The analysis presented in this report is an update to an ITEP report published in 2015. The 2016 report uses 2013 estimates on the undocumented immigrant population (size, income, homeownership, and population impacted by the executive actions) whereas the 2015 report used 2012 data. Most notably, the number of undocumented immigrants declined by more than 400,000 between 2012 and 2013, a decade-long trend that has been well documented amongst numerous researchers. The decline in the undocumented immigrant population and subsequently lower aggregate income led to a small drop in the total amount of state and local taxes undocumented immigrants pay in this study compared to the 2015 study. 


1 Migration Policy Institute (MPI) analysis of U.S. Census Bureau data from the 2009-2013 ACS pooled, and the 2008 Survey of Income and Program Participa-tion (SIPP) by Colin Hammar and James Bachmeier of Temple University and Jennifer Van Hook of Pennsylvania State University, Population Research Institute. 
2 See the methodology section for more information on the calculation of estimated undocumented immigrant state and local tax payments. 
3 Institute on Taxation and Economic Policy, Who Pays? A Distributional Analysis of the Tax Systems in All 50 States, January 2015. Available: www.whopays.org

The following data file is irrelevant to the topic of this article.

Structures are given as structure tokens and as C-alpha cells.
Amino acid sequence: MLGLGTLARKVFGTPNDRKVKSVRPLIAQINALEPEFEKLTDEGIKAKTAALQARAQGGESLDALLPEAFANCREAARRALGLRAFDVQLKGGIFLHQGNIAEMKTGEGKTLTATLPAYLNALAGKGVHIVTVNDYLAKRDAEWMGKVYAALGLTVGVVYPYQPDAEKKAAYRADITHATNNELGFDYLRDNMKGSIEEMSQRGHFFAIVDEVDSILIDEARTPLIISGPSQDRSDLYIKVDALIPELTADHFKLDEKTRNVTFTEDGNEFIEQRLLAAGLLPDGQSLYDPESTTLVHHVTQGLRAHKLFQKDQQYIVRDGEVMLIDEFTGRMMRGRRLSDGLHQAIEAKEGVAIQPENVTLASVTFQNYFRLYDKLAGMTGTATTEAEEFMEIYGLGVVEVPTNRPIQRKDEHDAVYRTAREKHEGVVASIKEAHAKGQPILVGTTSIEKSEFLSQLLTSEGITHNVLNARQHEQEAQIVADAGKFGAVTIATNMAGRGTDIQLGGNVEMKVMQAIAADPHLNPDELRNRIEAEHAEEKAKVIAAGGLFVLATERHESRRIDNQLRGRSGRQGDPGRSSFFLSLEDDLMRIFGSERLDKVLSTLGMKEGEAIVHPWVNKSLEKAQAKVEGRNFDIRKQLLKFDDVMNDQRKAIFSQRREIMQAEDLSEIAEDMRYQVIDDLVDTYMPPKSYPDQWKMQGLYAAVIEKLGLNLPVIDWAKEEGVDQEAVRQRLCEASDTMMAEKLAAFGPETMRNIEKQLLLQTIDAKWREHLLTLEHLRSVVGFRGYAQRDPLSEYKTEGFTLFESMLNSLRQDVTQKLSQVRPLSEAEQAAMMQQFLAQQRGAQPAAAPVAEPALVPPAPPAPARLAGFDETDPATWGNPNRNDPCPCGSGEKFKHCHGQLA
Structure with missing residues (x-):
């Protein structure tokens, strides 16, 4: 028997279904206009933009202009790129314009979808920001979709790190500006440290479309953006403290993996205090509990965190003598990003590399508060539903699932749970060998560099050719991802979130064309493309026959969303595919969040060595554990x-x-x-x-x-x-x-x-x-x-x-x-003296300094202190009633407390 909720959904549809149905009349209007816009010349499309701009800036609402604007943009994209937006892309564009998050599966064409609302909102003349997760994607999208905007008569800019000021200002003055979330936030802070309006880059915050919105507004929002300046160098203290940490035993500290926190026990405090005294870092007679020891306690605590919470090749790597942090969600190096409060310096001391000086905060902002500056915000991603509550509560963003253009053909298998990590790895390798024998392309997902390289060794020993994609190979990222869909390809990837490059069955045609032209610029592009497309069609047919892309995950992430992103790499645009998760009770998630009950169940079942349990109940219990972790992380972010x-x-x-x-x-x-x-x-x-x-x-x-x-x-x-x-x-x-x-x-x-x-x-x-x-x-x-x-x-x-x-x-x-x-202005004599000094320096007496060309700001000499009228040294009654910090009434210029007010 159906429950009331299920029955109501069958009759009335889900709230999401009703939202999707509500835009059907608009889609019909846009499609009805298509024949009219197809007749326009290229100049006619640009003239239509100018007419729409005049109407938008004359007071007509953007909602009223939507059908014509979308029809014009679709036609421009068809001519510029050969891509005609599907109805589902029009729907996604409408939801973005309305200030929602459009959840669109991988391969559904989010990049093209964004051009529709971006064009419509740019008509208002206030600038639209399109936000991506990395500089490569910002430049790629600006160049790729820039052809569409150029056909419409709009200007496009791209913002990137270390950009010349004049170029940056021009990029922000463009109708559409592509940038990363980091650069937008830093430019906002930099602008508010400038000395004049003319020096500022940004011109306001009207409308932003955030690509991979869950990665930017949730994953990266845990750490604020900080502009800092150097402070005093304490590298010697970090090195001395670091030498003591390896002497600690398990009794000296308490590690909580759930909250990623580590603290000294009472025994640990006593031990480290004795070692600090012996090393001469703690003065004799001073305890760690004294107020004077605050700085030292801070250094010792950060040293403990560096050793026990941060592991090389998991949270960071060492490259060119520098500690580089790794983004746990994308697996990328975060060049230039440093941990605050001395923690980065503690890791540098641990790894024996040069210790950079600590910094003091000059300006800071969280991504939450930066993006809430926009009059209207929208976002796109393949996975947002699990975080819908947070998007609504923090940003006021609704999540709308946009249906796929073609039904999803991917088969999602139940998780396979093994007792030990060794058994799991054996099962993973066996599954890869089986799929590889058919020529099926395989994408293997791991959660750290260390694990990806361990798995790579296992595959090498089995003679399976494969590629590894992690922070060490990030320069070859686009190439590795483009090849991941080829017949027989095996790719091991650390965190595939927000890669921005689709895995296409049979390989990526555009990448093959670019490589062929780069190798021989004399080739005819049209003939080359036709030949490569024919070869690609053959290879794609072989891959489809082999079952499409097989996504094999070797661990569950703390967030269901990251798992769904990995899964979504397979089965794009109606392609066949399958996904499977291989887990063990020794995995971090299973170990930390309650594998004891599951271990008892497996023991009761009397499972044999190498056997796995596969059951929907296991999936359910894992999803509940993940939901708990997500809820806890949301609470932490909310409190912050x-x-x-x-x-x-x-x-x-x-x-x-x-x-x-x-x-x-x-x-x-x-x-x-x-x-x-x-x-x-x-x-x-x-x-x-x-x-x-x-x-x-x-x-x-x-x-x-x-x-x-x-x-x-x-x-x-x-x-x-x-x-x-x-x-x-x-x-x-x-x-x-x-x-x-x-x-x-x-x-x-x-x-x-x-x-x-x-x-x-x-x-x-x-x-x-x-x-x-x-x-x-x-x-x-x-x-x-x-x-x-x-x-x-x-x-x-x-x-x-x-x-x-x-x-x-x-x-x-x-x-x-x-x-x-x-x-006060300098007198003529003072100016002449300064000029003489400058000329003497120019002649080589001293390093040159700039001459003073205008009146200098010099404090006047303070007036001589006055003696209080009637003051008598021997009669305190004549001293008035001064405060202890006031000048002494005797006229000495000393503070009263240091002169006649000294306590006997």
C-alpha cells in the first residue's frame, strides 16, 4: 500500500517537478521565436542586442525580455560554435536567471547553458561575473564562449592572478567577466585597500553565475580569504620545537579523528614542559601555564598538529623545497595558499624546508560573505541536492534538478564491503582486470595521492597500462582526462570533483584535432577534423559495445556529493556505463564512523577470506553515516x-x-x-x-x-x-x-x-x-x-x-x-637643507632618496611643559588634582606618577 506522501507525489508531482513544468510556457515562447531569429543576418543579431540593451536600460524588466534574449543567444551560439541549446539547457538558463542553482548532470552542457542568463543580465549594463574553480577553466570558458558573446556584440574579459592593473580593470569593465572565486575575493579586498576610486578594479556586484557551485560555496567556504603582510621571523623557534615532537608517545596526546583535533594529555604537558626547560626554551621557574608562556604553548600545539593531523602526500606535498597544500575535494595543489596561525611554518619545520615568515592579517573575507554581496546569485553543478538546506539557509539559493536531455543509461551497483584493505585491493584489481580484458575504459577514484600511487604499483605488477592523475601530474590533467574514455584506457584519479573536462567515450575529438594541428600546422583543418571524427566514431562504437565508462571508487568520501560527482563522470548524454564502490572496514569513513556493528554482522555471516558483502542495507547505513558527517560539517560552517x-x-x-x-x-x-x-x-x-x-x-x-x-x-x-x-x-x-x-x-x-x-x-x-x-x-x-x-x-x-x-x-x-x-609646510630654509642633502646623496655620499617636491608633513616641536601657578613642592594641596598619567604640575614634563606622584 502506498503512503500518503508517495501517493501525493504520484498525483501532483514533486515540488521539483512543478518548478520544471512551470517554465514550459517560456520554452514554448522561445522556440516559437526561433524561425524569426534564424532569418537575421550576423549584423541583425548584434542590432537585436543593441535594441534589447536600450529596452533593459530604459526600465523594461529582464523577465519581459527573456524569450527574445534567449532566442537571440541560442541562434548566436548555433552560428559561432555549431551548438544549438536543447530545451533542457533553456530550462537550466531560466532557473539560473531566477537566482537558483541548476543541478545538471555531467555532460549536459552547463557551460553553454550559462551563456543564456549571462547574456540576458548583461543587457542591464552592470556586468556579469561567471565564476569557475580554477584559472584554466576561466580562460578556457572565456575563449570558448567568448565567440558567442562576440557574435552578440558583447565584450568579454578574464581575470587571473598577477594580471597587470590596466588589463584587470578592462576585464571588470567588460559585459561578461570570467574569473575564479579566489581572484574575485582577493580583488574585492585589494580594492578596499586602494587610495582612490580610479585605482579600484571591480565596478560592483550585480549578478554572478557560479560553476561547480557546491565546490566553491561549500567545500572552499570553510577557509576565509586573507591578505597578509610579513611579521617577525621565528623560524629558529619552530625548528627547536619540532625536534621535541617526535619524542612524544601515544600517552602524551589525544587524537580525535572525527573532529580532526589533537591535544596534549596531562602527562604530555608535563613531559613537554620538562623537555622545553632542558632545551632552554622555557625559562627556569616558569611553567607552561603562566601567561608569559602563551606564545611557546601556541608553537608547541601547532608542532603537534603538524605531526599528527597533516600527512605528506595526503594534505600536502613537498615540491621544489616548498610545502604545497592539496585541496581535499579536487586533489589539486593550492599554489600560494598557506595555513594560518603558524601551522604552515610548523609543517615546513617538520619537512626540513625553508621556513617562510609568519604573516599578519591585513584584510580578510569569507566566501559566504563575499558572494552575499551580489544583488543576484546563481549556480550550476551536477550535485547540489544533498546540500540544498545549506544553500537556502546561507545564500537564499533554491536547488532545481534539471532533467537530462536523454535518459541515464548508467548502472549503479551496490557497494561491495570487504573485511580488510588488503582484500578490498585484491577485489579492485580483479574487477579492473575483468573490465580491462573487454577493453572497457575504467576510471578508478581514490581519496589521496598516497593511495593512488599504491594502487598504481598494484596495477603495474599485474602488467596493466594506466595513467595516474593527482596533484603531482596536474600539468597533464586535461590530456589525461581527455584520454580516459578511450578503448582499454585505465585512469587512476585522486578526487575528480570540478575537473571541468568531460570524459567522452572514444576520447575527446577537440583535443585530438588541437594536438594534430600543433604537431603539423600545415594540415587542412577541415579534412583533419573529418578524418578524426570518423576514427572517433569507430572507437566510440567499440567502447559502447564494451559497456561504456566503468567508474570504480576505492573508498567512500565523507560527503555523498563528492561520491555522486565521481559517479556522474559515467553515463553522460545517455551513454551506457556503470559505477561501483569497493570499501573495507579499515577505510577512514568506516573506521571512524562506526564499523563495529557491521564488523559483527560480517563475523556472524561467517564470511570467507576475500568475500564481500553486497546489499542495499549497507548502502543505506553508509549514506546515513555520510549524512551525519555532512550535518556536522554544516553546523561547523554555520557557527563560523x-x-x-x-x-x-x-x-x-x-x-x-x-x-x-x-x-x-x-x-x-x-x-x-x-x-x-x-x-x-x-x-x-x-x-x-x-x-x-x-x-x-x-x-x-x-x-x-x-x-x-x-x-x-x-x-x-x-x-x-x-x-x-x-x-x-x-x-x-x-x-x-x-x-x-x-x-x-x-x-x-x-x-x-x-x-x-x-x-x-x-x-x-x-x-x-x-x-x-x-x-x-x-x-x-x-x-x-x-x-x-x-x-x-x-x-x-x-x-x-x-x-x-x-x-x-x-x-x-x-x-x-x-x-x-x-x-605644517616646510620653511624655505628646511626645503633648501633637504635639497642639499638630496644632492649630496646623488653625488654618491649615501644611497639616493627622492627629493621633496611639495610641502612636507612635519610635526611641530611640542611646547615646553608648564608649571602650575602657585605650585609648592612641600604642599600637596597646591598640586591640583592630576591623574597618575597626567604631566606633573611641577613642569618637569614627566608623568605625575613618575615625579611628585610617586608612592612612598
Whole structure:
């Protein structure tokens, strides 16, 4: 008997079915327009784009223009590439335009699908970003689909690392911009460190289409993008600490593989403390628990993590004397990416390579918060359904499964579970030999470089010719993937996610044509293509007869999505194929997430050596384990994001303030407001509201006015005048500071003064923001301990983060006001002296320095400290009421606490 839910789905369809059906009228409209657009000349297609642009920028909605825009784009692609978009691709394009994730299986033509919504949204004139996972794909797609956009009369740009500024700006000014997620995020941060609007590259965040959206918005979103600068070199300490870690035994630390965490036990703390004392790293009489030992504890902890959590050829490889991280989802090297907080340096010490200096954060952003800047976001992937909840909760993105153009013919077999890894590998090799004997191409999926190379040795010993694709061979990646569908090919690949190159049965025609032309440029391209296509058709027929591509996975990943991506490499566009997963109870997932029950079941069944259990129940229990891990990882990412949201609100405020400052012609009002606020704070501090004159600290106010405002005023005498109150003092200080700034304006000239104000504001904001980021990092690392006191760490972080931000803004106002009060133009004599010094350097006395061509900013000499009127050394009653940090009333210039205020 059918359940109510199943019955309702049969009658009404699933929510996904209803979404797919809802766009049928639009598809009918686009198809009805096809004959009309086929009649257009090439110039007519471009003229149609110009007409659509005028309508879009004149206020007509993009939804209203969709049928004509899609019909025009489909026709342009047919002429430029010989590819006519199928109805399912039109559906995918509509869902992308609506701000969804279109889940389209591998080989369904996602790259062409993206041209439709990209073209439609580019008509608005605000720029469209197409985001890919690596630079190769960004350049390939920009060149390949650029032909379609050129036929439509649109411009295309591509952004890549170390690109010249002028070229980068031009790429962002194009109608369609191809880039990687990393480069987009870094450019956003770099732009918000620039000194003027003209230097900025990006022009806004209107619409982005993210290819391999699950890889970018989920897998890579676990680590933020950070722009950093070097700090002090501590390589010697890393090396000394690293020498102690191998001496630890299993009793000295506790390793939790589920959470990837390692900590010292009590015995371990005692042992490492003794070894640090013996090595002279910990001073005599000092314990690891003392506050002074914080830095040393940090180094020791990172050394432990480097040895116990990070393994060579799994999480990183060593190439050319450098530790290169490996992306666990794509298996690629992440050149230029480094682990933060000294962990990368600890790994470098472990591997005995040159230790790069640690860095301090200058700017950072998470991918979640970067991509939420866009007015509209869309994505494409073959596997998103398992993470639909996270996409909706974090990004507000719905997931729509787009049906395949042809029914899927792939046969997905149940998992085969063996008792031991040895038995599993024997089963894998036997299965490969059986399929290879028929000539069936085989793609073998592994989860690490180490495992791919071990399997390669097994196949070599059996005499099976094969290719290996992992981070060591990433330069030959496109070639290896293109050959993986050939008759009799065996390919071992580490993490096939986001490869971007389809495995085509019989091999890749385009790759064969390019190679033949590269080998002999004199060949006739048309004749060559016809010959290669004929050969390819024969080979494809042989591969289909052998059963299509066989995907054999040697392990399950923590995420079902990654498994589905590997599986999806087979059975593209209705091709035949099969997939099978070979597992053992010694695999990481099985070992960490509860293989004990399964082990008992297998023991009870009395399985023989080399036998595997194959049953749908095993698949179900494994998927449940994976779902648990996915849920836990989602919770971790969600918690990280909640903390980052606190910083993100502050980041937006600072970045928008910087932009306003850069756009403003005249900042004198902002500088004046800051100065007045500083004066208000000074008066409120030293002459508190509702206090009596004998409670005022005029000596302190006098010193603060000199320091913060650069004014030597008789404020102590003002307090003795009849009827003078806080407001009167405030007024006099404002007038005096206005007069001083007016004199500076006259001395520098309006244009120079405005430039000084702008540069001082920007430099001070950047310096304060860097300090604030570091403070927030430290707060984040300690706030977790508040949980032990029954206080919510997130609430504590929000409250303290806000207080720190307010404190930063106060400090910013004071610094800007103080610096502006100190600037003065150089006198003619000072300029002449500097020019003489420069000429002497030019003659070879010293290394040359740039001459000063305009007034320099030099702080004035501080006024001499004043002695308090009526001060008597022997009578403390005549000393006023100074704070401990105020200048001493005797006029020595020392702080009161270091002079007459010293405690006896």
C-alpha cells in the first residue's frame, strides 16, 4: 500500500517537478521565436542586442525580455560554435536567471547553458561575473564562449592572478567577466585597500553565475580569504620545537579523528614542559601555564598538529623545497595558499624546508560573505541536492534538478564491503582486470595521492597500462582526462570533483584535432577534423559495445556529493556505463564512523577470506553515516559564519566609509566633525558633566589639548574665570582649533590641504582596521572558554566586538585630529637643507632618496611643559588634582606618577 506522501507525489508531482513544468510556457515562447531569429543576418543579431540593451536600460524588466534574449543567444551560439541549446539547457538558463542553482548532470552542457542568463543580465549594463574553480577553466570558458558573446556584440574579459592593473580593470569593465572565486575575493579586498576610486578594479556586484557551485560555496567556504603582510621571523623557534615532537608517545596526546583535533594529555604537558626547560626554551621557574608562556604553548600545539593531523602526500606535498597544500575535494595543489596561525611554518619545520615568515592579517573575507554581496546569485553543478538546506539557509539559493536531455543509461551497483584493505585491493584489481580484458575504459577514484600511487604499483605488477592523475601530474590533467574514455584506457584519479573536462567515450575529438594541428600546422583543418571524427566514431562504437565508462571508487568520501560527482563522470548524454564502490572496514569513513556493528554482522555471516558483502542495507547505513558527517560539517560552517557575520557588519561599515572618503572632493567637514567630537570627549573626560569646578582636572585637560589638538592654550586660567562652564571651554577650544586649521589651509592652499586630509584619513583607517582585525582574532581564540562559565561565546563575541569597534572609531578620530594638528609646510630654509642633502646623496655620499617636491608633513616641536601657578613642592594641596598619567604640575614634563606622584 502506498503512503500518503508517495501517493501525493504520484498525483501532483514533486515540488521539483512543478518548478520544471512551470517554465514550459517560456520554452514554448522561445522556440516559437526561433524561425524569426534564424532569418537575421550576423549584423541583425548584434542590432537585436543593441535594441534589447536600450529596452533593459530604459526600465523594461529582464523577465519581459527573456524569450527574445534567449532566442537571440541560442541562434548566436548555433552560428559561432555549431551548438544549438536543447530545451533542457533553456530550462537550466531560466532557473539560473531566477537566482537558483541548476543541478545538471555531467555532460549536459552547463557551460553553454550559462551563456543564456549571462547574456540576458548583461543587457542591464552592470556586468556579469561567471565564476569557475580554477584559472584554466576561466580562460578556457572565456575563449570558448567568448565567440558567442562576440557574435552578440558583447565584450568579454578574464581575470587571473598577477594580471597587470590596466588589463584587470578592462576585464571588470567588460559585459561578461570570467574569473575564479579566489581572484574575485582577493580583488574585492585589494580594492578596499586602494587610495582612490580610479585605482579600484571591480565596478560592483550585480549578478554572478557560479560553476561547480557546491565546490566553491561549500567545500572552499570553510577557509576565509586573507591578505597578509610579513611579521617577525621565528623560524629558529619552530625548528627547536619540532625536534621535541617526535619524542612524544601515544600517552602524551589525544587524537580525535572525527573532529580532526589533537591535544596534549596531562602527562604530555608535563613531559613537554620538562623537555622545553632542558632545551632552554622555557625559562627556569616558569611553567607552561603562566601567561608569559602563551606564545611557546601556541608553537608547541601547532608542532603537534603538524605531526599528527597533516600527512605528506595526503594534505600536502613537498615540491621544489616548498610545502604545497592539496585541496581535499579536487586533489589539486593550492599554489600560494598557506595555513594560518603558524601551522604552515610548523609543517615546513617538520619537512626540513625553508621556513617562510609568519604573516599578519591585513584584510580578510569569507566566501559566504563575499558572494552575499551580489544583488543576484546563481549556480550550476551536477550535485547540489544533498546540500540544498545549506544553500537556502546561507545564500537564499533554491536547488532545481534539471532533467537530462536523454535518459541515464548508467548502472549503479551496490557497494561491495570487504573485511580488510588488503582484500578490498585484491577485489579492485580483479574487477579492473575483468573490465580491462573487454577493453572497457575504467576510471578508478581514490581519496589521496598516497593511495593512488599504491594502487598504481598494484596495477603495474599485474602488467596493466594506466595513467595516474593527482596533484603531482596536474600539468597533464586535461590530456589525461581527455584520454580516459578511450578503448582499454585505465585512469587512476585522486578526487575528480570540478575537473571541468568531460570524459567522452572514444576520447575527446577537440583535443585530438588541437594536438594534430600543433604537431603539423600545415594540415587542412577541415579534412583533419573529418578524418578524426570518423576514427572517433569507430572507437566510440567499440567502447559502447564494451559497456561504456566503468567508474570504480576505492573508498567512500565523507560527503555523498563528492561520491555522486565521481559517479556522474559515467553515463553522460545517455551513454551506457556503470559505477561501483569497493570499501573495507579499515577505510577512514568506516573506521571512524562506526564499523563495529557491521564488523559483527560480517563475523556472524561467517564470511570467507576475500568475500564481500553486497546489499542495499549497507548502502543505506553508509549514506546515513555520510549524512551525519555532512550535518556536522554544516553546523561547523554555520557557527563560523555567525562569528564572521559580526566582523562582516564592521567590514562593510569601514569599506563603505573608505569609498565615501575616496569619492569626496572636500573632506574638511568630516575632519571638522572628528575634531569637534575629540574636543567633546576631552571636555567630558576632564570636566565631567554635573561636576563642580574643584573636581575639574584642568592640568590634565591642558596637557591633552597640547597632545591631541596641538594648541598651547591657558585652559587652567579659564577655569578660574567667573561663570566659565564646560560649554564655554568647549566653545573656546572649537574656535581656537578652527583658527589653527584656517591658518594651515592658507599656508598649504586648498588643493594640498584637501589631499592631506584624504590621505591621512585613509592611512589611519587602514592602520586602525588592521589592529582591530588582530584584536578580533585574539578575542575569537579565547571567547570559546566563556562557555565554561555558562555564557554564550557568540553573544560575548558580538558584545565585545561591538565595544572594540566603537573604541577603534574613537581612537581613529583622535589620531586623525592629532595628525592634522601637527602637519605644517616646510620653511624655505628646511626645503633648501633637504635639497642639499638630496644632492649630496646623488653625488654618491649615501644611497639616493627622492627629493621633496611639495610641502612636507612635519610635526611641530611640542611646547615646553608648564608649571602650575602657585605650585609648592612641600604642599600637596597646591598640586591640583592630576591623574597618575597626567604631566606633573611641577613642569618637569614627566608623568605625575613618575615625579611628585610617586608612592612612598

4 See this report’s methodology section for more information about current personal income tax compliance. 
5 Institute on Taxation and Economic Policy (see footnote 3).
6 See this report’s methodology for a detailed description of wage boost and tax compliance assumptions applied to the change in state and local tax contributions post-reform.
7 Migration Policy Institute (see footnote 1).
8 Ibid.
9 Ibid.
10 Passel and Cohn, Unauthorized Immigrant Population, National and State Trends, 2010, Pew Research Center, Feb. 1, 2011. 
11 Migration Policy Institute (see footnote 1).
12 Ibid. 
13 Institute on Taxation and Economic Policy (see footnote 3). 
14 See, for example, Manuel Orozco, Remittances to Latin America and the Caribbean: Issues and Perspectives on Development, Report Commissioned by the Organization of American States, September 2004.
15 See among others: Feinleib, Joel and David Warner, The Impact of Immigration on Social Security and the National Economy, Social Security Advisory Board, Issue Brief No. 1, December 2005 (Available at www.ssab.gov/brief-1-immigration.pdf ); Singer, Paula and Linda Dodd-Major, Identification Numbers and U.S. Government Compliance Initiatives, Tax Analysts Special Report, 2004; and Cornelius, Wayne and Jessica Lewis, Impacts of Border Enforcement on Mexican Migration: The View from Sending Communities, La Jolla, Calif.: University of California at San Diego, Center for Comparative Immigration Studies, 2007.
16 Kallick, David Dyssegaard, Three Ways Immigration Reform Would Make the Economy More Productive, Fiscal Policy Institute, June 4, 2013 (see Appendix A: A Review of the Literature on Legalization and Earnings). Available at: http://fiscalpolicy.org/wp-content/uploads/2013/06/3-ways-reform-would-improve-productivity.pdf. See also this report’s methodology section for more information on the wage effects of granting legal status to the entire undocumented population as well as the wage effects on those affected by the president’s executive actions.